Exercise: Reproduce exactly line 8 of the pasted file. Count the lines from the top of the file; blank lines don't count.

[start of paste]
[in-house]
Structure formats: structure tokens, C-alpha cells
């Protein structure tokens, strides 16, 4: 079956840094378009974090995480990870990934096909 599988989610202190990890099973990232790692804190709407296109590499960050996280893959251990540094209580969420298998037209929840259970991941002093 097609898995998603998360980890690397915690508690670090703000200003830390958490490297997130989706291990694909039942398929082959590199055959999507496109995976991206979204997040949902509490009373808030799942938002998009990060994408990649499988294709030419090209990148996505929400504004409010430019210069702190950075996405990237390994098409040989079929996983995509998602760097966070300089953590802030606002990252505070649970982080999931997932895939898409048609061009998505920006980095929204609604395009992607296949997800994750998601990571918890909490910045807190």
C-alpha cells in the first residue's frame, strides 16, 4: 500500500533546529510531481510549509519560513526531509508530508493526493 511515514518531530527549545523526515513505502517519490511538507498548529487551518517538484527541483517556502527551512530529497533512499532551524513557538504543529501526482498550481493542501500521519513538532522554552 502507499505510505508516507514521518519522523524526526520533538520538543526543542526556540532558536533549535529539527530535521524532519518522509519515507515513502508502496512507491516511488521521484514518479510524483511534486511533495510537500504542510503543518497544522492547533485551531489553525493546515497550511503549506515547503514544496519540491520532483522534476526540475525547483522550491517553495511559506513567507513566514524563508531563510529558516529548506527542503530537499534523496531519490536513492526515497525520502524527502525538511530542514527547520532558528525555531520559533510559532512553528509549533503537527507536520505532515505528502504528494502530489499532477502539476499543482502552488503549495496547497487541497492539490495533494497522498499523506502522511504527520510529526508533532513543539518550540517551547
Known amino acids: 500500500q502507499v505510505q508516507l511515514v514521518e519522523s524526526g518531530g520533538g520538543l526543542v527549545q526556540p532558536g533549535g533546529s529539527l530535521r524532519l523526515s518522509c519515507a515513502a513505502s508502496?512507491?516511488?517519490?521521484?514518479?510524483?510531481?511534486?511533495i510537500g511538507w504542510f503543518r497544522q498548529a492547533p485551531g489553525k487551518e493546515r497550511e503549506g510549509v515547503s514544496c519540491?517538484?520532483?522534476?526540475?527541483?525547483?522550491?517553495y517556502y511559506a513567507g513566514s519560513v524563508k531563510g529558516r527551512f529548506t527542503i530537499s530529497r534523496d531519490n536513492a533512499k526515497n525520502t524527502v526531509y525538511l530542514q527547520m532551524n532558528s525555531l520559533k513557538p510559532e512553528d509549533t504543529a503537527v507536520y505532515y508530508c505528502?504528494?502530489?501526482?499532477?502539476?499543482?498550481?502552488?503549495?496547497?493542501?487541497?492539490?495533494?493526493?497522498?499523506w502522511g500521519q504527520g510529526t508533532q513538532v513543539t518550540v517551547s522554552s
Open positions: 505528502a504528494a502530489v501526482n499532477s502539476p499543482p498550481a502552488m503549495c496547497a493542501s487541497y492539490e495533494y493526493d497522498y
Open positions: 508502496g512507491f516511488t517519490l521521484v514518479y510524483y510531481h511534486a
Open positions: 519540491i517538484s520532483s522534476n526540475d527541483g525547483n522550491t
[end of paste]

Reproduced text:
Open positions: 519540491i517538484s520532483s522534476n526540475d527541483g525547483n522550491t